China, writes Peter Morici, a business professor at the University of Maryland and former Clinton administration trade official, has perfected the practice of mercantilism to a degree unmatched by any nation since 18th century France. By protecting its home markets and subsidizing exports via currency manipulation, it is taking advantage of true free traders, such as the United States. Even worse, its obvious success following this strategy is inspiring other developing nations to copy its mercantilist agenda, which is why "the Doha Round of [World Trade Organization] negotiations is almost certain to fail."
The only rational response to this, argues Morici, is to fight back with tough tariffs on Chinese goods. As he has written elsewhere, "If you punch me in the nose, popping you in the jaw is not criminal battery ... Answering Chinese mercantilism with trade measures is nothing more than self defense."
The current status quo is unfair, declares Morici, noting that "the United States has opened its markets more than its trading partners." The time for such acquiescence is over.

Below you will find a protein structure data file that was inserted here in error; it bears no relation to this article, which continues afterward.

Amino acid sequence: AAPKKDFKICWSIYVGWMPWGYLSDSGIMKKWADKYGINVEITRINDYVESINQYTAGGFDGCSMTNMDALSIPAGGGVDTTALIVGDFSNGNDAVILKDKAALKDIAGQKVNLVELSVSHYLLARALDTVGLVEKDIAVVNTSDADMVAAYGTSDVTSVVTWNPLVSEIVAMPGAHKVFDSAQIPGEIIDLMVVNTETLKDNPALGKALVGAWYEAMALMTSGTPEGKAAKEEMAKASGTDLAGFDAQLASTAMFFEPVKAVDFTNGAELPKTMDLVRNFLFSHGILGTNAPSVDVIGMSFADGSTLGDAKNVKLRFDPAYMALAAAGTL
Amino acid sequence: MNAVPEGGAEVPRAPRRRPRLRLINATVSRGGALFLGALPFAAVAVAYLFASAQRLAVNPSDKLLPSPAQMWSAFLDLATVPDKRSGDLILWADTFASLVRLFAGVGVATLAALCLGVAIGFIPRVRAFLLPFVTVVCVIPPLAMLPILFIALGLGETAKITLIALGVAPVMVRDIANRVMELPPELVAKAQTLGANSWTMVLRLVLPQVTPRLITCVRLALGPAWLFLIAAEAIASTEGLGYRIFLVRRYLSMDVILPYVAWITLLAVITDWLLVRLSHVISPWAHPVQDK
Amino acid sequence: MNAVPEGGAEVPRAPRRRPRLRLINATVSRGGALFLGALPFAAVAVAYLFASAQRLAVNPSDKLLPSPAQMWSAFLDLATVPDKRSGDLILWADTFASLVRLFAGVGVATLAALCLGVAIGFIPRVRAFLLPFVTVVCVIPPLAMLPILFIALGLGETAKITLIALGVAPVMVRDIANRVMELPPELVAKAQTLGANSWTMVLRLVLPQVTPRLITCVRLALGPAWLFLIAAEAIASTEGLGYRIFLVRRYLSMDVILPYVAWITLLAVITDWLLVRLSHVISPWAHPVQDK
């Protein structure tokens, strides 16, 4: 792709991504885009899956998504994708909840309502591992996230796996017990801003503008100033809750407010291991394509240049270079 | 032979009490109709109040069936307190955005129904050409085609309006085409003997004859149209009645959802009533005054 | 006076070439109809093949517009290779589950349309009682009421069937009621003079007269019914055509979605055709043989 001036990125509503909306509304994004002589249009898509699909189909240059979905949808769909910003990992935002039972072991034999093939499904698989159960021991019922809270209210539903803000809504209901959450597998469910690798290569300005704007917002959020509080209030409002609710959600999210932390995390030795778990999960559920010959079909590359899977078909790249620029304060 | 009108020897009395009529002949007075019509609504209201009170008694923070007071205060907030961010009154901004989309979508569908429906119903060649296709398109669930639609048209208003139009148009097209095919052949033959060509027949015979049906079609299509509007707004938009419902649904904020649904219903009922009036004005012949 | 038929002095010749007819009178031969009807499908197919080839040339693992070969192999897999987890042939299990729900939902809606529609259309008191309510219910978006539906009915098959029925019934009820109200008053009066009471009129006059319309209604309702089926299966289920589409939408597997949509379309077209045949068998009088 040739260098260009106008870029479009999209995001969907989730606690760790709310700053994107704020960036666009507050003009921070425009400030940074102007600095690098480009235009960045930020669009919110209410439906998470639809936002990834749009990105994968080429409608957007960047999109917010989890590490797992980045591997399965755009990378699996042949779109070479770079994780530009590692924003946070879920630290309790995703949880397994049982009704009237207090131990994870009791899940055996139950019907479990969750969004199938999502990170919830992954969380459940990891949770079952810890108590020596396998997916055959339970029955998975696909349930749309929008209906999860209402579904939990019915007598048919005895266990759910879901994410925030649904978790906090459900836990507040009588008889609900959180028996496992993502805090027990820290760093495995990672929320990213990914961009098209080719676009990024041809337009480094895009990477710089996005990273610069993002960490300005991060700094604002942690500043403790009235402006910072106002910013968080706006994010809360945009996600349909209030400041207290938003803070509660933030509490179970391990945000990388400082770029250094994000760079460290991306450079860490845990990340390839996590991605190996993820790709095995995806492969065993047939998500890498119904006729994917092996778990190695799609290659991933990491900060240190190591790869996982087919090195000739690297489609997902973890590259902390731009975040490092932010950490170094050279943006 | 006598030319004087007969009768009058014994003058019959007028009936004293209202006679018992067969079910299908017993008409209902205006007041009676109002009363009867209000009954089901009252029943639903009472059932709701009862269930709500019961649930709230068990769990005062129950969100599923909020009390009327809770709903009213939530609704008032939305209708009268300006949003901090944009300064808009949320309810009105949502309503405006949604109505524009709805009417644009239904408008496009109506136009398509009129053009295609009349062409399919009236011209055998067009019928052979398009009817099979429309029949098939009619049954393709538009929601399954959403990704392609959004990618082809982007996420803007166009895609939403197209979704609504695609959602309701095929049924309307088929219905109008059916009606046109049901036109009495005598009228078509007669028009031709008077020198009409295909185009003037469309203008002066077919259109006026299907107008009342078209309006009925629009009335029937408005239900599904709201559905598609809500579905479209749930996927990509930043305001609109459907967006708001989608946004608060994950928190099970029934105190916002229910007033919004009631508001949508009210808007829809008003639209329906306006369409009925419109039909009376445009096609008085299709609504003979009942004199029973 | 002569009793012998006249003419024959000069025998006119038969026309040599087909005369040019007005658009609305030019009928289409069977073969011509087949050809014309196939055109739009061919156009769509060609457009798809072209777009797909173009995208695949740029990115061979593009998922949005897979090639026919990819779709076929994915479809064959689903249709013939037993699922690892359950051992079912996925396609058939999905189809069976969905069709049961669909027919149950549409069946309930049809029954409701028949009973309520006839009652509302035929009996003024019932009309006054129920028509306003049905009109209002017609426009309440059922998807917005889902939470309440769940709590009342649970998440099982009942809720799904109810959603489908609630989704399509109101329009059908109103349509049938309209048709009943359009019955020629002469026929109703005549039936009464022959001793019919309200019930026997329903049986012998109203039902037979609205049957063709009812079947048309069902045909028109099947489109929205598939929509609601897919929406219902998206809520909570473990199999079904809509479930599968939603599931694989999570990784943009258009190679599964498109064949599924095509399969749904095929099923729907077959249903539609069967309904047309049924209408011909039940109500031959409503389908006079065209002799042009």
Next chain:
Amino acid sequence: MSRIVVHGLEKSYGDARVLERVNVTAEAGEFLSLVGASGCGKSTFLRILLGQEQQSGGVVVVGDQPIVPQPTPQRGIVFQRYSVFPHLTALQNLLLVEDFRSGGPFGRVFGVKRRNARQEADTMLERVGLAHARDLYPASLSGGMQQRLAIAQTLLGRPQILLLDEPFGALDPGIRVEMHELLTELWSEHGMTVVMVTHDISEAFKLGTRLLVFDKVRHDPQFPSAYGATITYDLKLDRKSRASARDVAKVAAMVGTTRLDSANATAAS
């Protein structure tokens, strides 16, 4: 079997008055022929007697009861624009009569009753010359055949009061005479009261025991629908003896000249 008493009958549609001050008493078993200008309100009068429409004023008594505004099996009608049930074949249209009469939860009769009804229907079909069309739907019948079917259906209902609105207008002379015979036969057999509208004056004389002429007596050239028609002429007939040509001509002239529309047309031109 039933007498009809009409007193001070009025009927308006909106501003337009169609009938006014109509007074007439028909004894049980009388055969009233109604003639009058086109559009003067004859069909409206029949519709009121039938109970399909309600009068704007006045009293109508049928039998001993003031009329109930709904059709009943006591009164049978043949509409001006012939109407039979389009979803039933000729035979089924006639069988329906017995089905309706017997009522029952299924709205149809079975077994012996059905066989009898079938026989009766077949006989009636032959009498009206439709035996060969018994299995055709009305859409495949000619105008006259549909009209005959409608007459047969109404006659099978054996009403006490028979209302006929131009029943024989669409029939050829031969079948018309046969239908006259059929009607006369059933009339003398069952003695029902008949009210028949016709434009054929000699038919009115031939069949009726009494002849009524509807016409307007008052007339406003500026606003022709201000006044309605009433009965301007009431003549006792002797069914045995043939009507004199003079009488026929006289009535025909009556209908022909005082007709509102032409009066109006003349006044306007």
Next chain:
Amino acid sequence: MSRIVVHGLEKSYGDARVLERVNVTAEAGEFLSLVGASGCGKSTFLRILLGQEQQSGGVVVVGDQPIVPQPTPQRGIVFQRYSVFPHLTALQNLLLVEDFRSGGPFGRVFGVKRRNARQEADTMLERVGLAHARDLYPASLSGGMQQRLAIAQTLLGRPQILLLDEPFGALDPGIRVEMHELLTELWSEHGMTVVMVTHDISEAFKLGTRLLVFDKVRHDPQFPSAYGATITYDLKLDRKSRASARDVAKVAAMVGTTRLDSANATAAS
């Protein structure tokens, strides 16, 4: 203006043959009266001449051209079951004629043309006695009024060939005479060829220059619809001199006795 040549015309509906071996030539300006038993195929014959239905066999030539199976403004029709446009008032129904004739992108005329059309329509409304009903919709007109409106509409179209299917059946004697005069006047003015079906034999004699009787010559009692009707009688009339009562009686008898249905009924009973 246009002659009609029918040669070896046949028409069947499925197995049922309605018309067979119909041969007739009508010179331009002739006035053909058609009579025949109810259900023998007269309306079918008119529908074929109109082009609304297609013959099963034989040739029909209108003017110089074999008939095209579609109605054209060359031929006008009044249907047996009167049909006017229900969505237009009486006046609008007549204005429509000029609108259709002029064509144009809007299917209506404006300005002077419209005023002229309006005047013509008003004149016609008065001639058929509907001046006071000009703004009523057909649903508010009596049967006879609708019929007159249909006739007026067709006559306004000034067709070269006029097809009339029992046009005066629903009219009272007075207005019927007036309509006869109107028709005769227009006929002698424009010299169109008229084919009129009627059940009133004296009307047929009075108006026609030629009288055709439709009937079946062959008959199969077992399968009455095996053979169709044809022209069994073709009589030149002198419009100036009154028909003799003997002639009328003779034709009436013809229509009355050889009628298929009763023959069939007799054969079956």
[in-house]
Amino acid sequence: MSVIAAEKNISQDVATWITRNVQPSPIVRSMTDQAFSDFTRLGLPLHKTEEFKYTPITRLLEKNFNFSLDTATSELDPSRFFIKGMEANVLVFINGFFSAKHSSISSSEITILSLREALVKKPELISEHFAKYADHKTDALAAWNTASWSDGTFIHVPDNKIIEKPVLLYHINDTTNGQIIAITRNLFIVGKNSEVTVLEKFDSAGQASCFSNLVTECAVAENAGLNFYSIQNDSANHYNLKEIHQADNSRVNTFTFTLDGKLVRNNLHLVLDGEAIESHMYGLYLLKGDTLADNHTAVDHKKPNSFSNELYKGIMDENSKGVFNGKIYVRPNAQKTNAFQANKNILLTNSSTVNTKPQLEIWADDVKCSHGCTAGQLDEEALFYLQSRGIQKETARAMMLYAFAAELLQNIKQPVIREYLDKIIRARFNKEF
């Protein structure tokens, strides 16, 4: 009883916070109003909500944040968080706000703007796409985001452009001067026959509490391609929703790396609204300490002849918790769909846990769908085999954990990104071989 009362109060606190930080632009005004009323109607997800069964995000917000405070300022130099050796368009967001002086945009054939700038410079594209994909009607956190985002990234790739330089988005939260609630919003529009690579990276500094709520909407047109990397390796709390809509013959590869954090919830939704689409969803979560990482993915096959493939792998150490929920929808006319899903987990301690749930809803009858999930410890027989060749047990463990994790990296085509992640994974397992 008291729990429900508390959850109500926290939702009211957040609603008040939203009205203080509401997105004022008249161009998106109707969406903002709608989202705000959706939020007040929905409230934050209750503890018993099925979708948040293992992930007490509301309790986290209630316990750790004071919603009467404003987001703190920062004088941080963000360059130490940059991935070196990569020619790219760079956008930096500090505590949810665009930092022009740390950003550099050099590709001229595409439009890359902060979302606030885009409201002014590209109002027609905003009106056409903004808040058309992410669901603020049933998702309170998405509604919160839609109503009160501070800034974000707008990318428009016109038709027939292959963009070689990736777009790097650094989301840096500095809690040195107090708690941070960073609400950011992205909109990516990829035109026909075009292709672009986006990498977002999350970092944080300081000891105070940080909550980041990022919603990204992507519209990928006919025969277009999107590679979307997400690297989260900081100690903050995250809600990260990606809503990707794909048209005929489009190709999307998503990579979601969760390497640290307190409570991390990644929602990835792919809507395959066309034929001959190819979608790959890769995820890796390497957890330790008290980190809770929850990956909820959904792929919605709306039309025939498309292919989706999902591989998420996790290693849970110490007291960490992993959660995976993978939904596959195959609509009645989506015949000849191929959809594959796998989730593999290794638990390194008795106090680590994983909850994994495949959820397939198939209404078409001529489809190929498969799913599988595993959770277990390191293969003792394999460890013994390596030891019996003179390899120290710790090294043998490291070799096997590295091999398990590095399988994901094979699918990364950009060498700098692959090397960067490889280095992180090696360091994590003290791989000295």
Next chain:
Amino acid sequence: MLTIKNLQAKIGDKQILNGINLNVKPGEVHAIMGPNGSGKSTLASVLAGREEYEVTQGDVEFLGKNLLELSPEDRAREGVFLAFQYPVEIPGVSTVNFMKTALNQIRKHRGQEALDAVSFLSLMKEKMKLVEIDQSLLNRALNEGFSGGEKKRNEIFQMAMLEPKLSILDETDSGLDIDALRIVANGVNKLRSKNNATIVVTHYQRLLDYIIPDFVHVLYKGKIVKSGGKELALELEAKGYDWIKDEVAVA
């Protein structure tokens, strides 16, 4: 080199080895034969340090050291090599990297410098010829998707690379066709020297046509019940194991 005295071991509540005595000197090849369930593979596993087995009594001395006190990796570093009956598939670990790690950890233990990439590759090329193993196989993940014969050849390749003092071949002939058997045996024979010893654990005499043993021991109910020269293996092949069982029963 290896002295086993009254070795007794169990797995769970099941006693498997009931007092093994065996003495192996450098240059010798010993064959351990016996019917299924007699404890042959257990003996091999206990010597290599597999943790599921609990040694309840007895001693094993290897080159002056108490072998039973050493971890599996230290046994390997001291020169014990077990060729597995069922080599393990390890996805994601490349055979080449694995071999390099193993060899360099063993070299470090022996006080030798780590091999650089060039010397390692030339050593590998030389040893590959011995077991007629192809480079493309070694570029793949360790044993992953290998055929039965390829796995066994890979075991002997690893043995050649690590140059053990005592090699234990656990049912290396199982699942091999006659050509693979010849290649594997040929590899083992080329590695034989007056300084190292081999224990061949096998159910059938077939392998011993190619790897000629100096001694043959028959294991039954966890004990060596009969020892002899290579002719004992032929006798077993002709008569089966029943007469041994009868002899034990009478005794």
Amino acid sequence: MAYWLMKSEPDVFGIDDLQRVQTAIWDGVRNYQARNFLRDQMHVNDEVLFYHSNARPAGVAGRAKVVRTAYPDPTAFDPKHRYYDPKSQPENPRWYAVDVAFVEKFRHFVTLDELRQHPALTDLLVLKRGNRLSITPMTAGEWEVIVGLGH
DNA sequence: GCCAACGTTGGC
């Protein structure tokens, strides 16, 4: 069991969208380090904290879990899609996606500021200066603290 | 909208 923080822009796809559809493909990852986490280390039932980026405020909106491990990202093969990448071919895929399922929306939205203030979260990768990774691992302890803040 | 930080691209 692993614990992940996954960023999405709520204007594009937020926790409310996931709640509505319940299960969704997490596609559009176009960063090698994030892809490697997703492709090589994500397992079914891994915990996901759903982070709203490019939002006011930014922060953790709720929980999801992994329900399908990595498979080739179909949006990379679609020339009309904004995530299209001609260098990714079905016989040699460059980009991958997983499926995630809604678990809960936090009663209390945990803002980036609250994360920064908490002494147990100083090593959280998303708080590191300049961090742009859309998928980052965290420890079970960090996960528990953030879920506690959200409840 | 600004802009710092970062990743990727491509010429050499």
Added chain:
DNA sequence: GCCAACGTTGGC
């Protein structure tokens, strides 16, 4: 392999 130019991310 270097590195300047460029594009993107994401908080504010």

In the wake of the Democratic midterm elections victory (a phrase I feel like I have been writing twice a day for the past month) there is a fertile environment for getting tough on trade. The sturm und drang boiling over and about all aspects of the U.S.-China trade relationship has reached hyberbolic heights. And for good reason -- there is undoubtedly no more important trade relationship in the world today. We need to make it work for both sides.
For hardcore free traders, the prospect of an all-out trade war with China, led by the likes of North Dakota Democratic Sen. Byron Dorgan, smacks of the apocalypse. For cooler heads, like Slate's sensible Daniel Gross, Republicans who have given the cold shoulder to the losers from globalization deserve at least as much blame, if not more, for the potential demise of free trade, as do newly powerful Democrats. And then there's the camp of partisans like Morici, who considers himself a devout free trader, but supports protectionism because the other side isn't playing fair.
Let us stipulate that Morici is correct -- that China isn't playing fair, that it is bending the rules at every opportunity, that it is doing its damnedest to tilt the playing field in its own favor. I guess I'd be pretty angry too, like Morici and the swelling anti-yellow hordes of China-bashers, if I considered China the U.S.'s equal.
But I don't. I don't think any country with a per capita income of $6,800 (the comparative U.S. figure is $40,100), and 600 million to 800 million peasants, can possibly be considered an equal of the U.S.'s. China's own intellectuals may just now be beginning to see their country as a semi-superpower, but facts are facts: The U.S. has no equals. It is the richest, most dynamic economy in the history of this planet.